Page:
Hepatitis C Symptoms

Hepatitis C (HCV) Symptoms, Treatment, Prevention And Prognosis

Hepatitis is a term that refers to the inflammation of the liver, one of the most vital of all the organs in the body. There are many different forms of hepatitis, and hepatitis C is one of them. All variants of the disease are caused by infection of the liver: this can be from other diseases, from viral infections, from over-indulgence in alcohol, from poisons and toxins, or from certain medications. Hepatitis C is a variant caused by the specific hepatitis C virus (HCV). In this article we will discuss hepatitis C symptoms, the causes of the disease, what to do about it and how it is treated. Let’s start by looking at some hepatitis C symptoms.


One of the major problems with hepatitis C is that four out of five patients do not display any symptoms. Even those that do may have been suffering from the disease for several weeks before the symptoms materialised. This is why it is difficult to diagnose the disease at the outset. For the record, the symptoms that remaining 20% of patients may experience include the following:

  • Fatigue
  • Jaundice
  • Loss of appetite
  • Nausea
  • Pain in the abdomen

As it is, all of these can also be associated with a variety of other diseases, so should not automatically be taken as being indicative of hepatitis C. However, should they persist it is important that you seek medical attention.


Hepatitis C is an increasingly problematic disease; it is estimated that, in the USA alone, almost 20,000 new cases are diagnosed each year. If the infection does not resolve, or does not respond to medication, it becomes chronic hepatitis C. This means it is ongoing and constant. In fact, three quarters of patients become sufferers of the chronic variety. The fact is, however, that most of them – with the right treatment – will live a normal life; there is the risk of gradual liver deterioration which can eventually be fatal. Liver failure can mean the patient needs a transplant, a very serious procedure indeed. It is also a fact that many people have developed antibodies to the disease, which means that – unknowingly – they have suffered from it in the past.

Is Hepatitis C Contagious?

This question has a simple answer: yes. Hepatitis C is contagious; the most common way of contracting the disease is by the sharing of needles among drug users. It is estimated that a third of younger drug users are infected, and the number is growing all the time. There have been examples of transfusions passing the disease, but modern tests have eliminated this problem. There are other methods of transferring that are less common: sexual intercourse with an infected person; mother to baby transmission; medical instruments that have not been properly sterilised. These are quite rare occurrences, however, and it is important to remember that you cannot get it by being near someone who suffers as it is not an air-borne virus.


Hepatitis C is specifically caused by the HCV virus; this is a small virus that is impossible to see without very powerful magnifying equipment. It occurs mainly in the liver, where it is best able to replicate. The virus is unrelated to that which causes the other variants of hepatitis. As we have already mentioned, the major cause of transference of the disease is through infected needles among drug users. In some cases the source of infection remains unknown.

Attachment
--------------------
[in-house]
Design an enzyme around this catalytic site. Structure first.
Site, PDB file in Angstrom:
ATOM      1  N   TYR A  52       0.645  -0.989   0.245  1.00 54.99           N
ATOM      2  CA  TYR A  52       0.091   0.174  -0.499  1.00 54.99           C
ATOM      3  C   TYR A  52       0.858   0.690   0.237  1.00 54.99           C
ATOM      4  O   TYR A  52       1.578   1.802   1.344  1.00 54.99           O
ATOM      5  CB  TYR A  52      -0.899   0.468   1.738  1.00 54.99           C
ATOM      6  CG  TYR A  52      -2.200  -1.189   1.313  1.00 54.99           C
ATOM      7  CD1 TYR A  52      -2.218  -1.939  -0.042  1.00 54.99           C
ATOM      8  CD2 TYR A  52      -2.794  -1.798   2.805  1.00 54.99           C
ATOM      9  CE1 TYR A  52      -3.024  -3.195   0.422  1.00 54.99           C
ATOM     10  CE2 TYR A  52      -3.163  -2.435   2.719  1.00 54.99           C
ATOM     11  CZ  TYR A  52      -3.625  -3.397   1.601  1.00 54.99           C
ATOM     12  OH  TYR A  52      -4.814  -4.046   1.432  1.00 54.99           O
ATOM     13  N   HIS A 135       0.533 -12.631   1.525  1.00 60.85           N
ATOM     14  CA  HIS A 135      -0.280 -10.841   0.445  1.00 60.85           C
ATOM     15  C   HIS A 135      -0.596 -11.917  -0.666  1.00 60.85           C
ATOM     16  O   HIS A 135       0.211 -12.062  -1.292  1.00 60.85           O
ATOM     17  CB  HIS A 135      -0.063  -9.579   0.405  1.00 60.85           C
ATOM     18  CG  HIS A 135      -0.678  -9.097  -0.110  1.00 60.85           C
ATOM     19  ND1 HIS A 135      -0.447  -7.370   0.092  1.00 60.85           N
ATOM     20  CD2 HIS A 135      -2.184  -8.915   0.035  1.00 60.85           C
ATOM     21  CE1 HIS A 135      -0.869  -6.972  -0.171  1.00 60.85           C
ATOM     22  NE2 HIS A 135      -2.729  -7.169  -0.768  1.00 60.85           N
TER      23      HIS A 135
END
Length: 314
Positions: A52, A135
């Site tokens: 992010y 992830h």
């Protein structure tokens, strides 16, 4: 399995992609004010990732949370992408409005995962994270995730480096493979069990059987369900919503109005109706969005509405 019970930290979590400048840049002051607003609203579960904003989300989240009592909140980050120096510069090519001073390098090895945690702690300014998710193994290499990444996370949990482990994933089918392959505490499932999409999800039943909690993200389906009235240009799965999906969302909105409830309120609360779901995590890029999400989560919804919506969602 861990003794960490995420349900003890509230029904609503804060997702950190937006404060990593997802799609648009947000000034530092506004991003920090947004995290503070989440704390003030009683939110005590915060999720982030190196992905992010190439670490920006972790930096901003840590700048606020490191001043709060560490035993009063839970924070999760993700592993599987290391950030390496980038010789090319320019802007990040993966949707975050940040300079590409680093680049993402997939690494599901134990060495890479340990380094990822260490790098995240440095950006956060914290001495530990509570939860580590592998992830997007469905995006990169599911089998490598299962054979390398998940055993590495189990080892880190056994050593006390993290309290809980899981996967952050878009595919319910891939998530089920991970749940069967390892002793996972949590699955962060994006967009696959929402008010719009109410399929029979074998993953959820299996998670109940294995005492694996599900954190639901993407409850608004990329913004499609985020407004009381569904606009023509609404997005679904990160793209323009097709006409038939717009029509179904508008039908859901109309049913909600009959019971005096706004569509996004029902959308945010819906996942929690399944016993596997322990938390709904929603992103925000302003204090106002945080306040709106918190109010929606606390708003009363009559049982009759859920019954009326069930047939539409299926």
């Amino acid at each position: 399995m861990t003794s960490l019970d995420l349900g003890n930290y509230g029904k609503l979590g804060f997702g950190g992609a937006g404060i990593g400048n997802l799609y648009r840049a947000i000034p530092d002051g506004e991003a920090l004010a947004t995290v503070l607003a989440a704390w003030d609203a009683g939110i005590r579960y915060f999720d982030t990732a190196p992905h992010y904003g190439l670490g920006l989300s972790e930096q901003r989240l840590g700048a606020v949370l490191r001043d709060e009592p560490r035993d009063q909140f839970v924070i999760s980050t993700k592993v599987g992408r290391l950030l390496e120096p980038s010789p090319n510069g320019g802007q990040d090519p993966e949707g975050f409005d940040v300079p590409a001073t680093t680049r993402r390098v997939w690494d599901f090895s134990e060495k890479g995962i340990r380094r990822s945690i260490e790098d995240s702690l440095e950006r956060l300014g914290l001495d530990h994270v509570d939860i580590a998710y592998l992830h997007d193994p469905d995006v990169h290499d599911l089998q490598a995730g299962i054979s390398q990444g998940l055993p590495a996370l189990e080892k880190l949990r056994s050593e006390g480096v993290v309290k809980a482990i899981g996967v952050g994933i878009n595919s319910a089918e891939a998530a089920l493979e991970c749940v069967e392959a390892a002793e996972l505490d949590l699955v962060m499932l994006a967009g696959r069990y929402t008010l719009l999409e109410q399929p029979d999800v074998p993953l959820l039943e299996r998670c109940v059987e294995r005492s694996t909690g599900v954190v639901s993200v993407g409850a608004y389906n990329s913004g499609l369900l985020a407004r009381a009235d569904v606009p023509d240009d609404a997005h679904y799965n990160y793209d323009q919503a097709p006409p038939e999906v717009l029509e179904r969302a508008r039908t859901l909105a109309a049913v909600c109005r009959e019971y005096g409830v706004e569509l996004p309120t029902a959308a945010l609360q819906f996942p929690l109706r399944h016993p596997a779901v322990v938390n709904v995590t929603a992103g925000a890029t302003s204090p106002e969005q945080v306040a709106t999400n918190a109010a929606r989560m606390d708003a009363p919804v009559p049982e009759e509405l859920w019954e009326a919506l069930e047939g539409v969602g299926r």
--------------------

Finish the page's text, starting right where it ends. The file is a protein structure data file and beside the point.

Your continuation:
When To Seek Medical Care

As the general symptoms of hepatitis C can be similar to many other conditions it is important to know when you should be concerned. You should see a doctor if:

  • You see the symptoms of jaundice or your urine becomes dark in colour
  • You have nausea or vomiting for more than two days
  • You have persistence pains in the abdomen
  • You suspect you have been exposed to the virus
  • You have a severe pain and fever
  • You become confused and disorientated
  • You are difficult to wake

If you cannot get to see a doctor and you seriously suspect hepatitis C you should get to a hospital as soon as is possible.


Diagnosis will begin with your doctor asking you about your symptoms: how long you have suffered from them, when they came about, and any other relevant enquiries. You will be asked if you have been in contact with anyone infected, or if you have been travelling lately. A blood test will be carried out, and there are several tests that can identify Hepatitis C. Tests will also be carried out to check the function of the liver – the organ that Hepatitis C attacks – and a liver biopsy may be carried out to determine the stage the disease has reached.

Hepatitis C Treatment

Treatment for Hepatitis C involves a combination of self-care and medication; only in very serious cases will surgery be considered.

Self-Care at Home – when undergoing treatment for hepatitis C the patient is advised to adhere to the following tips:

  • Relax and rest, no vigorous exercise should be carried out;
  • Keep up fluid intake to prevent dehydration, especially if vomiting;
  • Avoid all alcoholic drinks;
  • Make sure your regular medication is not harmful to the liver;

These simple rules should help the recovery process.